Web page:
- Provide adequate disclosure of information to enable informed decisions by consumers and pension plan members
Florence A. Holden||Chair (Acting)||August 8, 2014||September 5, 2017|
Denis Boivin||Vice Chair (Acting)||
December 1, 2014||
July 22, 2020|
Ian McSweeney||Vice Chair (Acting)||
March 11, 2015||
May 10, 2020|
CEO and Superintendent of Financial Services ||
October 18, 2014||N/A|
*In current role
FSCO recovers most of its costs from the sectors it regulates, through a combination of assessments and fees. Under the FSCO Act, the Lieutenant Governor in Council may assess all businesses, individuals and pension plans that form part of a regulated sector with respect to expenditures incurred by the Ministry of Finance, the Commission and the FST. The Minister of Finance is authorized to establish fees related to the regulated services provided by FSCO.
The government supports co-operative corporations by providing an allocation of $500,000 to help cover the costs of administering the sector.
As a government agency, FSCO receives an annual spending authority through the government planning process, based on needs and government priorities. FSCO files quarterly reports on its spending. The Office of the Auditor General of Ontario audits FSCO’s annual financial statements.
In 2016-17, FSCO’s expenditures totaled $80.3 million, down $13.9 million or 14.8 per cent from the previous year. More information about FSCO’s expenditures can be found in the financial statements and notes later in this report.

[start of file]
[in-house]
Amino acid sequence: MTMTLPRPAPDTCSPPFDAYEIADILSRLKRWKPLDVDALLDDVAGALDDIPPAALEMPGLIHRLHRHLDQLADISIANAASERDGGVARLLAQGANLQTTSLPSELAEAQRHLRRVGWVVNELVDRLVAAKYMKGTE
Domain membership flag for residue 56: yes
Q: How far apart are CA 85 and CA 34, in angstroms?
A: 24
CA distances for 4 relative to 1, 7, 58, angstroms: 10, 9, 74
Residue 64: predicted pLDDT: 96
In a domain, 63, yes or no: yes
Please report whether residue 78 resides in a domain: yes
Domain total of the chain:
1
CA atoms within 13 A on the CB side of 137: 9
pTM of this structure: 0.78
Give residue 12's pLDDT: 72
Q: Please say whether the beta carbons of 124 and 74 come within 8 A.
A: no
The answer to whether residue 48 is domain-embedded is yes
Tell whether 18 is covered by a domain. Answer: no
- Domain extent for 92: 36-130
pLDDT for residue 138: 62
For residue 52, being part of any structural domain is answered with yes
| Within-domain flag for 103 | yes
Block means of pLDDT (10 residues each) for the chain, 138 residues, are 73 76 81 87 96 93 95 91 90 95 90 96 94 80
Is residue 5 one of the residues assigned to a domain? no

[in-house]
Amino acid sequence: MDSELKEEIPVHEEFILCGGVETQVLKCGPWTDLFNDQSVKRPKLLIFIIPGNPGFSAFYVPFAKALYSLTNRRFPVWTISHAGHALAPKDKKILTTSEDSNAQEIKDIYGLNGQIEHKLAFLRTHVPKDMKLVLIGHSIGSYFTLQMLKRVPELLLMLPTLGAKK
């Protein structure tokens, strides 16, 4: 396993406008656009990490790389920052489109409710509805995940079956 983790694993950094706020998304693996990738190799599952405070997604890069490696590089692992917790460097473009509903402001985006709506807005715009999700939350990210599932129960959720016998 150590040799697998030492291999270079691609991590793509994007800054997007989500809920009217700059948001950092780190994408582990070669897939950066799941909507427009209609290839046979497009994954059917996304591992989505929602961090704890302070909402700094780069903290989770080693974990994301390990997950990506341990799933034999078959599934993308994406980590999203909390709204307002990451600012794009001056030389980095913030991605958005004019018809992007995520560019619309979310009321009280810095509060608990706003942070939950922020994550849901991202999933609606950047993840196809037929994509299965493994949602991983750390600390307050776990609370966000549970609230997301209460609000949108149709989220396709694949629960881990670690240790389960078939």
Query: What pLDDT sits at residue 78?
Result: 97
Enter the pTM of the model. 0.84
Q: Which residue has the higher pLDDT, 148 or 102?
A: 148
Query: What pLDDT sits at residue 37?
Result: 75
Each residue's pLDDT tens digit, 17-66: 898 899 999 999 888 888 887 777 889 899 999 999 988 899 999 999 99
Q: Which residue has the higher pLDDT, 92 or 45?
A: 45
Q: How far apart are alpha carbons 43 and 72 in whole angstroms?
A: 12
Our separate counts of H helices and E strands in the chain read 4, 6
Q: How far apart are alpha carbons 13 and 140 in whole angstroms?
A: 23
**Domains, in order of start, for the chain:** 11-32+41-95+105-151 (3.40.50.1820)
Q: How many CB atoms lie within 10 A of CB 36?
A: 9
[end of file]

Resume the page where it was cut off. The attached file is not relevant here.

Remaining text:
MEASURING FSCO’S PERFORMANCE
FSCO’s Performance Standards measure its performance against an established set of targets, and outline strategies to improve results when those targets are not met. This information is reported annually on FSCO’s website.
- Financial Services Commission of Ontario Act, 1997
- Automobile Insurance Rate Stabilization Act, 2003
- Insurance Act
- Compulsory Automobile Insurance Act
- Prepaid Hospital and Medical Services Act
- Registered Insurance Brokers Act
- Motor Vehicle Accident Claims Act
- Co-operative Corporations Act
- Credit Unions and Caisses Populaires Act, 1994
- Loan and Trust Corporations Act
- Mortgage Brokerages, Lenders and Administrators Act, 2006
- Pension Benefits Act
WHO WE REGULATE
As of March 31, 2017:
- 319 insurance companies
- 7,022 pension plans
- 99 credit unions and caisses populaires
- 51 loan and trust corporations
- 1,205 mortgage brokerages
- 2,732 mortgage brokers
- 11,802 mortgage agents
- 180 mortgage administrators
- 4,607 accident benefit service providers
- 1,764 co-operative corporations
- 53,615 insurance agents
- 5,789 corporate insurance agencies
- 1,672 insurance adjusters
Description of the Our Leadership image.
FSCO's staff all report directly or indirectly to the Superintendent of Financial Services, who is also FSCO's CEO. On March 31, 2017, FSCO had 380 full-time staff. This total does not include legal services staff, who are employees of the Ministry of the Attorney General.